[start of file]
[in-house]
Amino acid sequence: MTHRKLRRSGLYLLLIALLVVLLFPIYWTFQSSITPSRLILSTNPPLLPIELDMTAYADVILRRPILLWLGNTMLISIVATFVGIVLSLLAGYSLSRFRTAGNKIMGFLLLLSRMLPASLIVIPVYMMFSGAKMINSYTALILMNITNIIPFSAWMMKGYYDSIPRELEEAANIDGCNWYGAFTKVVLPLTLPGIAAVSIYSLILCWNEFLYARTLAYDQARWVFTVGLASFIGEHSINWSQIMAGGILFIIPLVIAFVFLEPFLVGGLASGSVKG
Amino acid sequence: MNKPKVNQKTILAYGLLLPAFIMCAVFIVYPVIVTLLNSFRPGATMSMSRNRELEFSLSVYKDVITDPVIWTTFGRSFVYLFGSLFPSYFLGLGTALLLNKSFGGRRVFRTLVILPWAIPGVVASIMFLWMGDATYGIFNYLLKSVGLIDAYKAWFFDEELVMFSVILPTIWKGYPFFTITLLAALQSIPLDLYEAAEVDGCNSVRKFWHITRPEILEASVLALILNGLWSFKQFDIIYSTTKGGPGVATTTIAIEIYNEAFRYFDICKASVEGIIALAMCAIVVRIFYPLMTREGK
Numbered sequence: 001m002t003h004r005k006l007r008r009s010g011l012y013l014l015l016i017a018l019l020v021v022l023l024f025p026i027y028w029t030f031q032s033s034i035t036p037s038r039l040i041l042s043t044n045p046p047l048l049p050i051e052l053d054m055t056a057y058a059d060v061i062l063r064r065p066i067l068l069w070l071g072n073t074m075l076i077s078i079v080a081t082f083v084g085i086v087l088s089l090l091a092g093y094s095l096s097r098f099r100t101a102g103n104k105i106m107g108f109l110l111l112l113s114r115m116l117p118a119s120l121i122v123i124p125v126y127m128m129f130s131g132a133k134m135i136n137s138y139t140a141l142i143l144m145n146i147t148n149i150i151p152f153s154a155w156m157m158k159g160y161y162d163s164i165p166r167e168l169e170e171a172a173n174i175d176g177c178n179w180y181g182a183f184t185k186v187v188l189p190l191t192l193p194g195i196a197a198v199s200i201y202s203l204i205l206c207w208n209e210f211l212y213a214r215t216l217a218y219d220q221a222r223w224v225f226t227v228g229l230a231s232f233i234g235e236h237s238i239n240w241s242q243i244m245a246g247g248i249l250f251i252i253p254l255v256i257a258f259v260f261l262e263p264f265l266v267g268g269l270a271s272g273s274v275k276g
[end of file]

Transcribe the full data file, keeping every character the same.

[in-house]
Amino acid sequence: MTHRKLRRSGLYLLLIALLVVLLFPIYWTFQSSITPSRLILSTNPPLLPIELDMTAYADVILRRPILLWLGNTMLISIVATFVGIVLSLLAGYSLSRFRTAGNKIMGFLLLLSRMLPASLIVIPVYMMFSGAKMINSYTALILMNITNIIPFSAWMMKGYYDSIPRELEEAANIDGCNWYGAFTKVVLPLTLPGIAAVSIYSLILCWNEFLYARTLAYDQARWVFTVGLASFIGEHSINWSQIMAGGILFIIPLVIAFVFLEPFLVGGLASGSVKG
Amino acid sequence: MNKPKVNQKTILAYGLLLPAFIMCAVFIVYPVIVTLLNSFRPGATMSMSRNRELEFSLSVYKDVITDPVIWTTFGRSFVYLFGSLFPSYFLGLGTALLLNKSFGGRRVFRTLVILPWAIPGVVASIMFLWMGDATYGIFNYLLKSVGLIDAYKAWFFDEELVMFSVILPTIWKGYPFFTITLLAALQSIPLDLYEAAEVDGCNSVRKFWHITRPEILEASVLALILNGLWSFKQFDIIYSTTKGGPGVATTTIAIEIYNEAFRYFDICKASVEGIIALAMCAIVVRIFYPLMTREGK
Numbered sequence: 001m002t003h004r005k006l007r008r009s010g011l012y013l014l015l016i017a018l019l020v021v022l023l024f025p026i027y028w029t030f031q032s033s034i035t036p037s038r039l040i041l042s043t044n045p046p047l048l049p050i051e052l053d054m055t056a057y058a059d060v061i062l063r064r065p066i067l068l069w070l071g072n073t074m075l076i077s078i079v080a081t082f083v084g085i086v087l088s089l090l091a092g093y094s095l096s097r098f099r100t101a102g103n104k105i106m107g108f109l110l111l112l113s114r115m116l117p118a119s120l121i122v123i124p125v126y127m128m129f130s131g132a133k134m135i136n137s138y139t140a141l142i143l144m145n146i147t148n149i150i151p152f153s154a155w156m157m158k159g160y161y162d163s164i165p166r167e168l169e170e171a172a173n174i175d176g177c178n179w180y181g182a183f184t185k186v187v188l189p190l191t192l193p194g195i196a197a198v199s200i201y202s203l204i205l206c207w208n209e210f211l212y213a214r215t216l217a218y219d220q221a222r223w224v225f226t227v228g229l230a231s232f233i234g235e236h237s238i239n240w241s242q243i244m245a246g247g248i249l250f251i252i253p254l255v256i257a258f259v260f261l262e263p264f265l266v267g268g269l270a271s272g273s274v275k276g